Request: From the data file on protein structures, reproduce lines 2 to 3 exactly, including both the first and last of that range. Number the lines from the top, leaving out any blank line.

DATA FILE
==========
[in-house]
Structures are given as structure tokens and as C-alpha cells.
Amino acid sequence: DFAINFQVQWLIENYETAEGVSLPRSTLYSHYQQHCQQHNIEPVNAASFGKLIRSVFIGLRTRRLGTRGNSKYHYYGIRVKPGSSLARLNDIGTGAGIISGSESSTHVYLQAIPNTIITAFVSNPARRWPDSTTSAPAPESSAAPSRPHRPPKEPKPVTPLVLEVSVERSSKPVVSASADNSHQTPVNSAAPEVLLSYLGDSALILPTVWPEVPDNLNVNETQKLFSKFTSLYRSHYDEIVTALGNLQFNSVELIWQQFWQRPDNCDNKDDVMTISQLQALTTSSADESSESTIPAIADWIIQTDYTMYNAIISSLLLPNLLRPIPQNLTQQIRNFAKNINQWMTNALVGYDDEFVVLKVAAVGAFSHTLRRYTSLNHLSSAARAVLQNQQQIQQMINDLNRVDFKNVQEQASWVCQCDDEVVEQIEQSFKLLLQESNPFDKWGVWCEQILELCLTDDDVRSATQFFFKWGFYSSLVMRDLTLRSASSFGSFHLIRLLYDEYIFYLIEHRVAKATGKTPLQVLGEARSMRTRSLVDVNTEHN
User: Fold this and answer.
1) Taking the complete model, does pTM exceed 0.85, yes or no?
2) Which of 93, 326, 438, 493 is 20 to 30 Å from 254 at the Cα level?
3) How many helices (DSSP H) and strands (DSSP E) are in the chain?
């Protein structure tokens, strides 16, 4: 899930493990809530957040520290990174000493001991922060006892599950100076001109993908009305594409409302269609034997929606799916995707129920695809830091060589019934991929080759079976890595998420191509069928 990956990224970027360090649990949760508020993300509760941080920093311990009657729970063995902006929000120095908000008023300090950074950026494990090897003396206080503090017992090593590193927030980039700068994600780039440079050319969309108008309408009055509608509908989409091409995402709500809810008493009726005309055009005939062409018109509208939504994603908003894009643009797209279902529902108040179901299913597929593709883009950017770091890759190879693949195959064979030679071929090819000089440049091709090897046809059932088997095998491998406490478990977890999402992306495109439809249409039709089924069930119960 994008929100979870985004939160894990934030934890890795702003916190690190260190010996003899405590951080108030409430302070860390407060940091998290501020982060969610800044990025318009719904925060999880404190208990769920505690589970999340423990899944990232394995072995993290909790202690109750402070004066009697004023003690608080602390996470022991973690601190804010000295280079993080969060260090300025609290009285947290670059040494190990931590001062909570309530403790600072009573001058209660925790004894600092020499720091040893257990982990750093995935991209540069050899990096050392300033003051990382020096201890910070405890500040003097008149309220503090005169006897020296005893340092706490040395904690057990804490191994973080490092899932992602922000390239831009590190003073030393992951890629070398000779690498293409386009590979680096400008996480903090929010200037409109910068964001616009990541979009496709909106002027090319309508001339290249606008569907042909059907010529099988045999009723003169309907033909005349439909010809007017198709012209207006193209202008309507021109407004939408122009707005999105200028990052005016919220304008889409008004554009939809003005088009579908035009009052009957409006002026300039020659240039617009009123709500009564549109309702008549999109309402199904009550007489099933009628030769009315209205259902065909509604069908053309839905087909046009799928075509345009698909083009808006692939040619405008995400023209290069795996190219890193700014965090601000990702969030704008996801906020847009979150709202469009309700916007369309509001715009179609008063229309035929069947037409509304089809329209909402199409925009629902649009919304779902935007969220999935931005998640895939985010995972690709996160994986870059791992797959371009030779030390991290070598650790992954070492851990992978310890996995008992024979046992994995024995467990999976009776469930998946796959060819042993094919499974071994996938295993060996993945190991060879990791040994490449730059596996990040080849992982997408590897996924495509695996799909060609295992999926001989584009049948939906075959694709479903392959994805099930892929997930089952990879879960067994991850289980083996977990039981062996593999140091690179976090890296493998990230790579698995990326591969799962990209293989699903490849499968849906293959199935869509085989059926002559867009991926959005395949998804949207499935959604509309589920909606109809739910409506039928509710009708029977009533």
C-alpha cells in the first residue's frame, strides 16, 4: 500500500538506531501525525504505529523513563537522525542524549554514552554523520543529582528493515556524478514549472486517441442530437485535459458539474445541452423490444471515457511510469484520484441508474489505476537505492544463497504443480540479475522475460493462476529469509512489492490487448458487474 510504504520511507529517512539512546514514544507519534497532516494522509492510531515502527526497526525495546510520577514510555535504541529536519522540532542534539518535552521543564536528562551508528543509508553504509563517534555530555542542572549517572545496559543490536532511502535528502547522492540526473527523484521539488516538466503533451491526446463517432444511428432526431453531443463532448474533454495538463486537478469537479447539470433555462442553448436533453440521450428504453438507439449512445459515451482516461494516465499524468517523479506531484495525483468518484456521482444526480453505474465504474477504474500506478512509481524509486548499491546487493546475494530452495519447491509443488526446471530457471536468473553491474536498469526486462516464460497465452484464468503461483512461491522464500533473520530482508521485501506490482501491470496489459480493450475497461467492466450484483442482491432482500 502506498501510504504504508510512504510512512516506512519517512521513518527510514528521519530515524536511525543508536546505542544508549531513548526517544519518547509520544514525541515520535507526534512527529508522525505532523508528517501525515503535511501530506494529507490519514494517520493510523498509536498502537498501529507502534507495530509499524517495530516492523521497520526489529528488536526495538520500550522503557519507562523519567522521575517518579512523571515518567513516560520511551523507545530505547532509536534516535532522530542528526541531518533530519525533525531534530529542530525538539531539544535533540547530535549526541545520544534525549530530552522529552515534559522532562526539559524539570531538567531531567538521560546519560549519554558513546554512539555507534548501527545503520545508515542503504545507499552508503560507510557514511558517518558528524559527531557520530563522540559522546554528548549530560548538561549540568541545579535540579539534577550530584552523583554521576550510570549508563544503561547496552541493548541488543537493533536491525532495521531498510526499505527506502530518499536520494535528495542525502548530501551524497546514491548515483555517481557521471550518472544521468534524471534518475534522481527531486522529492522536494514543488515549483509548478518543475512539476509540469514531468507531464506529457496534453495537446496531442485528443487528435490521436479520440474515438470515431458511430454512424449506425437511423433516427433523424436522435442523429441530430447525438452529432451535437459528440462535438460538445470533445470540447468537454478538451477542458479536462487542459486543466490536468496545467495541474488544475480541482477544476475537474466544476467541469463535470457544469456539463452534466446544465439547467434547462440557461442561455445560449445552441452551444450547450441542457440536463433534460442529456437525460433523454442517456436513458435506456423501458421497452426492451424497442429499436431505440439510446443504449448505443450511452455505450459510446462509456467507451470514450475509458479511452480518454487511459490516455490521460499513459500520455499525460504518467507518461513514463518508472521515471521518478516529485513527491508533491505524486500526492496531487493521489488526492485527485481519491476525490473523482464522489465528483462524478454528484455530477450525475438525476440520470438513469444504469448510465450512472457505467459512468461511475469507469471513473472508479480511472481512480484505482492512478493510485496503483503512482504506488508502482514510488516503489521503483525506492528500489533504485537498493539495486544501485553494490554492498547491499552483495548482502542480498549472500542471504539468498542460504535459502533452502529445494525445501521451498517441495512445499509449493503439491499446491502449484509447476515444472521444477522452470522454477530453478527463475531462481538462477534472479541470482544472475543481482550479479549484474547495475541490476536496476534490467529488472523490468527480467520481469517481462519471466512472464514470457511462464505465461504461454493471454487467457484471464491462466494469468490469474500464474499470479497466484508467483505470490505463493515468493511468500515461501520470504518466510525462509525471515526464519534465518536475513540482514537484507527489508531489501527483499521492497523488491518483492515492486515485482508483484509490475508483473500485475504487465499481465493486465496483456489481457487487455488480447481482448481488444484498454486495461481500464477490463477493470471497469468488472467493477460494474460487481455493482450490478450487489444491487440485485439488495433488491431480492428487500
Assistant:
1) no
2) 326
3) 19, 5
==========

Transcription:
Structures are given as structure tokens and as C-alpha cells.
Amino acid sequence: DFAINFQVQWLIENYETAEGVSLPRSTLYSHYQQHCQQHNIEPVNAASFGKLIRSVFIGLRTRRLGTRGNSKYHYYGIRVKPGSSLARLNDIGTGAGIISGSESSTHVYLQAIPNTIITAFVSNPARRWPDSTTSAPAPESSAAPSRPHRPPKEPKPVTPLVLEVSVERSSKPVVSASADNSHQTPVNSAAPEVLLSYLGDSALILPTVWPEVPDNLNVNETQKLFSKFTSLYRSHYDEIVTALGNLQFNSVELIWQQFWQRPDNCDNKDDVMTISQLQALTTSSADESSESTIPAIADWIIQTDYTMYNAIISSLLLPNLLRPIPQNLTQQIRNFAKNINQWMTNALVGYDDEFVVLKVAAVGAFSHTLRRYTSLNHLSSAARAVLQNQQQIQQMINDLNRVDFKNVQEQASWVCQCDDEVVEQIEQSFKLLLQESNPFDKWGVWCEQILELCLTDDDVRSATQFFFKWGFYSSLVMRDLTLRSASSFGSFHLIRLLYDEYIFYLIEHRVAKATGKTPLQVLGEARSMRTRSLVDVNTEHN